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Budget Details on GNEP

From Bloomberg:
The Bush administration, reversing a 29-year-old government policy, is seeking to reprocess the waste produced by nuclear reactors in the U.S. and other nations.

The administration requested $250 million in the budget it unveiled today for development of a process to reduce and recycle radioactive waste. The process would foster expansion of nuclear power in the U.S. by reducing by 80 percent the amount of waste sent to the storage site in Yucca Mountain, Nevada.

The proposed Global Nuclear Energy Partnership would also take spent fuel from other nations, addressing growing concern about the proliferation of nuclear weapons by keeping the capability to enrich and recycle nuclear material in U.S. hands, according to budget documents released today.
For our previous posts on GNEP, click here and here. And it looks like Russia might be interested.

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Comments

Anonymous said…
Japan may be welcome to GNEP. However, it may be risky to transport apent fuel and MOX over Pacific Ociean. Furthermore your nation may not allow to recieve Japanese nuclear waste in Mt.yukka.
Matthew66 said…
Japan and Australia have been sending spent fuel, power reactor fuel from Japan and research reactor fuel from Australia, to Cogema in France for reprocessing for many years. Under the current arrangements, France ships vitrified high-level waste to Japan/Australia aboard one of two specially designed ships, escorted by Japanese/Australian/French warships. The ship unloads the waste in Japan/Australia and loads spent fuel for return to France for reprocessing. The amount of waste shipped to Japan/Australia is the amount that would result from the reprocessing of the fuel to be sent to France. Neither Japan or Australia has a problem with accepting responsibility for the high-level waste they produce.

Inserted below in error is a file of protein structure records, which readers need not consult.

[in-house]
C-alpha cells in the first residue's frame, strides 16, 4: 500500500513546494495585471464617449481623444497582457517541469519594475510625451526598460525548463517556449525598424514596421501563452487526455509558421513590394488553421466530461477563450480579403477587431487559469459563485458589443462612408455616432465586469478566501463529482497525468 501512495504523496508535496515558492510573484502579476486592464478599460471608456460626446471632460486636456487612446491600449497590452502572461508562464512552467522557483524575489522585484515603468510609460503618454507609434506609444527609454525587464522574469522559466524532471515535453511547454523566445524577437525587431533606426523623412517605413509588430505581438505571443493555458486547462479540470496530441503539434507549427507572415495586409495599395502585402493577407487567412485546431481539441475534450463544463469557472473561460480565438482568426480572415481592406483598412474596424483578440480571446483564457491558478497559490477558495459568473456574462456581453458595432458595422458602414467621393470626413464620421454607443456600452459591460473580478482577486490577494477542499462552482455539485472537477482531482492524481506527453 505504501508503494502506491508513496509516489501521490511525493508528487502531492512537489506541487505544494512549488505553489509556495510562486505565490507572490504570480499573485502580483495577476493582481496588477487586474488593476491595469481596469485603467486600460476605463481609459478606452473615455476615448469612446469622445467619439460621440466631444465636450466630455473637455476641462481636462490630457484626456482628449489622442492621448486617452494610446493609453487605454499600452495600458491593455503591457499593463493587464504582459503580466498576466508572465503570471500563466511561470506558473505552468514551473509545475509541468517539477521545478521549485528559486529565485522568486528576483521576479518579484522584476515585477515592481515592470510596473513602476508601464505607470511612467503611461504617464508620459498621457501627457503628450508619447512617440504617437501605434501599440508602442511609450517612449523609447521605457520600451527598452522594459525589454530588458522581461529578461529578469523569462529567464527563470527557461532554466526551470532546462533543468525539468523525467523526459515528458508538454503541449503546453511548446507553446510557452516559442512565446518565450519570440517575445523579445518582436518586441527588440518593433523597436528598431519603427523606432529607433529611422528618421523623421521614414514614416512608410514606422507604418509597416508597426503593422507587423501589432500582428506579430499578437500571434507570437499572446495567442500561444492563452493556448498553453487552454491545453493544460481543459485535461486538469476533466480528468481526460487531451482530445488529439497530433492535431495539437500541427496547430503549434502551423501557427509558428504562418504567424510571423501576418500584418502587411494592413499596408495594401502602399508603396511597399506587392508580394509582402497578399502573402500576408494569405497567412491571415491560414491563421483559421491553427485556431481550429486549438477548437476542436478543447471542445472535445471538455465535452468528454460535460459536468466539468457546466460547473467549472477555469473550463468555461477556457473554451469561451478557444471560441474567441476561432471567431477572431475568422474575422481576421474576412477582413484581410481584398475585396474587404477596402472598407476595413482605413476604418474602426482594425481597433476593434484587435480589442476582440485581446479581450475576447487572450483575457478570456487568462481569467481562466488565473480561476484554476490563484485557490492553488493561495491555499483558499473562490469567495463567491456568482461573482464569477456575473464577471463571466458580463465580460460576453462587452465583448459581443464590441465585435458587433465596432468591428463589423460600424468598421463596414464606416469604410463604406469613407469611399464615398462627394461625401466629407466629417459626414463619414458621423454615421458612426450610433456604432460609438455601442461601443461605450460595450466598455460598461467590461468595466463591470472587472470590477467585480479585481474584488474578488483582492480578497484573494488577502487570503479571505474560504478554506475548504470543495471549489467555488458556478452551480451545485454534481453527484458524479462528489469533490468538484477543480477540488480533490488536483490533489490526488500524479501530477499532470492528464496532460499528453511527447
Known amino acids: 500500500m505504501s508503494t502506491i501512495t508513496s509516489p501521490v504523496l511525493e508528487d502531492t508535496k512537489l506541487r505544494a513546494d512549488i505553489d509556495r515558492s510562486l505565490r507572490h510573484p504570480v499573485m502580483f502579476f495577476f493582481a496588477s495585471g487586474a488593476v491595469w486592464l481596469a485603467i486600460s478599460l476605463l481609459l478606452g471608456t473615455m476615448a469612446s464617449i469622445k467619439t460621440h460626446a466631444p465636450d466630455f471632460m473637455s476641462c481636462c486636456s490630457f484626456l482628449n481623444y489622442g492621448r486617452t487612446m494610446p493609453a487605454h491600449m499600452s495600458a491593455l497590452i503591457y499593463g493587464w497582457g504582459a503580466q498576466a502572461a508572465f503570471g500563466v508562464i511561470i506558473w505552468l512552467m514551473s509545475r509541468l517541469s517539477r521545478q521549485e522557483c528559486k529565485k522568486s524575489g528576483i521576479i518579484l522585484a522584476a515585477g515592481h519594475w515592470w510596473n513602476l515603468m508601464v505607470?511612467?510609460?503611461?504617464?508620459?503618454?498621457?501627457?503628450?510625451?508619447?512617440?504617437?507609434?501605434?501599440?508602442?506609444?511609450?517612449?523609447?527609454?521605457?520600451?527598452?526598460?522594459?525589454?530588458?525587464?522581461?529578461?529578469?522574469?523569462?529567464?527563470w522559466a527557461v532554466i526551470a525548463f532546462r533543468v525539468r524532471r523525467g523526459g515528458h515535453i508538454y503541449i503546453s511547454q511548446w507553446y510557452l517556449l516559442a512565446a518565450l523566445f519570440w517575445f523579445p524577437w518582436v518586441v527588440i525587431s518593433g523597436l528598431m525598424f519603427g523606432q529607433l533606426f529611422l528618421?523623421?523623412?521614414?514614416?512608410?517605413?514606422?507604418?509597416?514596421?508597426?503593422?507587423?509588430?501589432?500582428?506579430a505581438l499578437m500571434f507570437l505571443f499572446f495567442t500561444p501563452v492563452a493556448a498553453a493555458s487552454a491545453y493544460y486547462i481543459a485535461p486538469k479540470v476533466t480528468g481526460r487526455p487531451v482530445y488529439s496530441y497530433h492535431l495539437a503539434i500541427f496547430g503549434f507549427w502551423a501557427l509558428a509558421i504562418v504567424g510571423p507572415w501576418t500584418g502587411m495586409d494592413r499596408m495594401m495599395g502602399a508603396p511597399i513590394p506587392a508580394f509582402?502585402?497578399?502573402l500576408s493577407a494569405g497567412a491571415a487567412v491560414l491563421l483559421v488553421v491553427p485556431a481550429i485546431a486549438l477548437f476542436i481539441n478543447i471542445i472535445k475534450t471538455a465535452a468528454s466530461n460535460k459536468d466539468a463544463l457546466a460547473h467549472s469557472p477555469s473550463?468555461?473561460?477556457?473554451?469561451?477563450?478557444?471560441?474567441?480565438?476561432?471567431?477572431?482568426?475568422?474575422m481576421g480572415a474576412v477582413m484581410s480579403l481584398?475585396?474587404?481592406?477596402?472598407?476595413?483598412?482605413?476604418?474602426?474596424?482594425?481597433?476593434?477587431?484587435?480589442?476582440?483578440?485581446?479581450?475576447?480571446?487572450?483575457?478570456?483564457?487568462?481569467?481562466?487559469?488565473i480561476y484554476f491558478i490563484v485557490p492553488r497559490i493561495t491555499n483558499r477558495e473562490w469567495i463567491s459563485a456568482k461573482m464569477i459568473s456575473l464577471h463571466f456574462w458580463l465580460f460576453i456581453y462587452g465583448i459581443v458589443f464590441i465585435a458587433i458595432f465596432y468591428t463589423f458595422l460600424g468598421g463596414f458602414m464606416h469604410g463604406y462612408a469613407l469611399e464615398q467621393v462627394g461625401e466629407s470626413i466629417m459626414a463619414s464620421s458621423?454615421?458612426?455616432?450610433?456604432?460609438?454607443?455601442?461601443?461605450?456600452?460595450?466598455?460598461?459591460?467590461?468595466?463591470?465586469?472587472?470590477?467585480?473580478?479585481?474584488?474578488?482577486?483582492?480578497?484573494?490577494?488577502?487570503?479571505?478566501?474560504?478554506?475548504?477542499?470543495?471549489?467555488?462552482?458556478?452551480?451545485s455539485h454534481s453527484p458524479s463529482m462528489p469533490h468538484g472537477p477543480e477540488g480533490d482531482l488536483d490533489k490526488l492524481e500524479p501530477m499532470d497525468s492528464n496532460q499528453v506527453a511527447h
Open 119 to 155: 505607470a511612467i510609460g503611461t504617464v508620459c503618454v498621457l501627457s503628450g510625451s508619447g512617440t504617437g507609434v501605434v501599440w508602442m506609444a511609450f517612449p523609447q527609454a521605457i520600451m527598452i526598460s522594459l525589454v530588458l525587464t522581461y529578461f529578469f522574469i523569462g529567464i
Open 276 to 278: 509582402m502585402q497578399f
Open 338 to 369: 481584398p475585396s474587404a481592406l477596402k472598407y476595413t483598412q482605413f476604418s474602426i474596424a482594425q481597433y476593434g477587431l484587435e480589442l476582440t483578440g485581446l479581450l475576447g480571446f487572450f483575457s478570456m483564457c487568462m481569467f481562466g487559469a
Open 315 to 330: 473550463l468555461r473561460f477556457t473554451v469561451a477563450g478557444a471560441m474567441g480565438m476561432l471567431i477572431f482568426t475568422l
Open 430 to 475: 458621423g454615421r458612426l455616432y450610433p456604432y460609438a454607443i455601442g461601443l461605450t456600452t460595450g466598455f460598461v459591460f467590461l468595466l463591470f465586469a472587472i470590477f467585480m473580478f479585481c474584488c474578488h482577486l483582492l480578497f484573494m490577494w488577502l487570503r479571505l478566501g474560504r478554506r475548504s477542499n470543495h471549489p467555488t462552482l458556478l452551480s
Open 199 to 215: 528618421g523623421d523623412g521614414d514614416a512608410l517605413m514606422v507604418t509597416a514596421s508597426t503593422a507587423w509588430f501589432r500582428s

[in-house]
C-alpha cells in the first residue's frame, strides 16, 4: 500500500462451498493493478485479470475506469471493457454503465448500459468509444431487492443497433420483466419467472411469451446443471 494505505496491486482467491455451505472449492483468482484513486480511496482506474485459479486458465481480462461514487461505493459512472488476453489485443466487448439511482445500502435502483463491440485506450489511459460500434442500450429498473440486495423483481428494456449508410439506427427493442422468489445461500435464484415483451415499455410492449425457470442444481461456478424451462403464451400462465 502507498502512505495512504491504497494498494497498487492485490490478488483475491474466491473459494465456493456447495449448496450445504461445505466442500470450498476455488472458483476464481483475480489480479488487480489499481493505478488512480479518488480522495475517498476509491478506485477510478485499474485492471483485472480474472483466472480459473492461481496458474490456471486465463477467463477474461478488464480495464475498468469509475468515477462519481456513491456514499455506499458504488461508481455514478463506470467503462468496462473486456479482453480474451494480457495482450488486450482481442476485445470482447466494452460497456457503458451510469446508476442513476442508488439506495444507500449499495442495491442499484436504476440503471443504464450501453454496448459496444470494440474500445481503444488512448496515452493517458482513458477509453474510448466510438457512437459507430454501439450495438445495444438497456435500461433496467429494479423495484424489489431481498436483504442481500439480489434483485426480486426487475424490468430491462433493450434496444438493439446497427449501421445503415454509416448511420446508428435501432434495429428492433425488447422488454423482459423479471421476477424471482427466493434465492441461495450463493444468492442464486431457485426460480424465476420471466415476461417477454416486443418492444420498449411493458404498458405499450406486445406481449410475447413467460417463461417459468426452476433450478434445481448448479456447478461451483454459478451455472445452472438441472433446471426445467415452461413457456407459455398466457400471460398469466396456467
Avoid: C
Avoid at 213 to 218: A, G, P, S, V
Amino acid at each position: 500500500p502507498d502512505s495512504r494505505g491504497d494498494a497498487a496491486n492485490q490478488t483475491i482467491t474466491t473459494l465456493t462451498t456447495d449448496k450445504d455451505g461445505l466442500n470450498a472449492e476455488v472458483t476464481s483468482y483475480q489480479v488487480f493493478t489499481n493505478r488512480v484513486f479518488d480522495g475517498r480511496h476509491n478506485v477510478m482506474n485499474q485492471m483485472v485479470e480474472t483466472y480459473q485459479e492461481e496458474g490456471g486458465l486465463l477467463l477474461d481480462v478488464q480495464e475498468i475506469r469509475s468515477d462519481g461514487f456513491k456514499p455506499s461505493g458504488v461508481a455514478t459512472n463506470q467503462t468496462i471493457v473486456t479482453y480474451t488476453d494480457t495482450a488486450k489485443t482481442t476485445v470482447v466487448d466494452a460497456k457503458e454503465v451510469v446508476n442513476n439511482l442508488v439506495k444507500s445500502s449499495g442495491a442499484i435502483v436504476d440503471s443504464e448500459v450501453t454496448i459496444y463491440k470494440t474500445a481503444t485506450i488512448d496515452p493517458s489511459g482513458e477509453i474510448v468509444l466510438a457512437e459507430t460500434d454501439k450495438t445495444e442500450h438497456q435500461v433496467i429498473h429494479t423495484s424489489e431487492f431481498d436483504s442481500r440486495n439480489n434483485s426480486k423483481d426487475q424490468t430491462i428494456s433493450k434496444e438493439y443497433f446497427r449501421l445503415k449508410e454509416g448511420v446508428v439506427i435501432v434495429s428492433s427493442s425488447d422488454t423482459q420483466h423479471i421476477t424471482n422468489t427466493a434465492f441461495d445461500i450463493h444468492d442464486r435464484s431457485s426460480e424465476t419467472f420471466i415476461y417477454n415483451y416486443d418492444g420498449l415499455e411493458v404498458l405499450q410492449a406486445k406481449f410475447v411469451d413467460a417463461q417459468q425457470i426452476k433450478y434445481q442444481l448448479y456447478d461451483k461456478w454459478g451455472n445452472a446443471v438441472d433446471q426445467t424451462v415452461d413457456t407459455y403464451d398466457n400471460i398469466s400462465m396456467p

Under its agreement with the USA, Australia is not permitted to ship US originated fuel elements anywhere but the USA. Until the USA decided to repatriate US sourced research reactor fuel, these spent fuel elements were safely stored at the Lucas Heights reactor in Sydney.

Australia reprocesses spent fuel elements to minimize the volume of high level waste to be disposed of, and to enable the recovered uranium and plutonium to be reused in power reactors. Australia considers this to be the most environmentally ethical approach to the disposition of spent fuel, notwithstanding that it is an expensive option.

There have been no incidents related to the shipping of spent fuel or vitrified high level waste, save for some protests by the usual anti-nuclear suspects.

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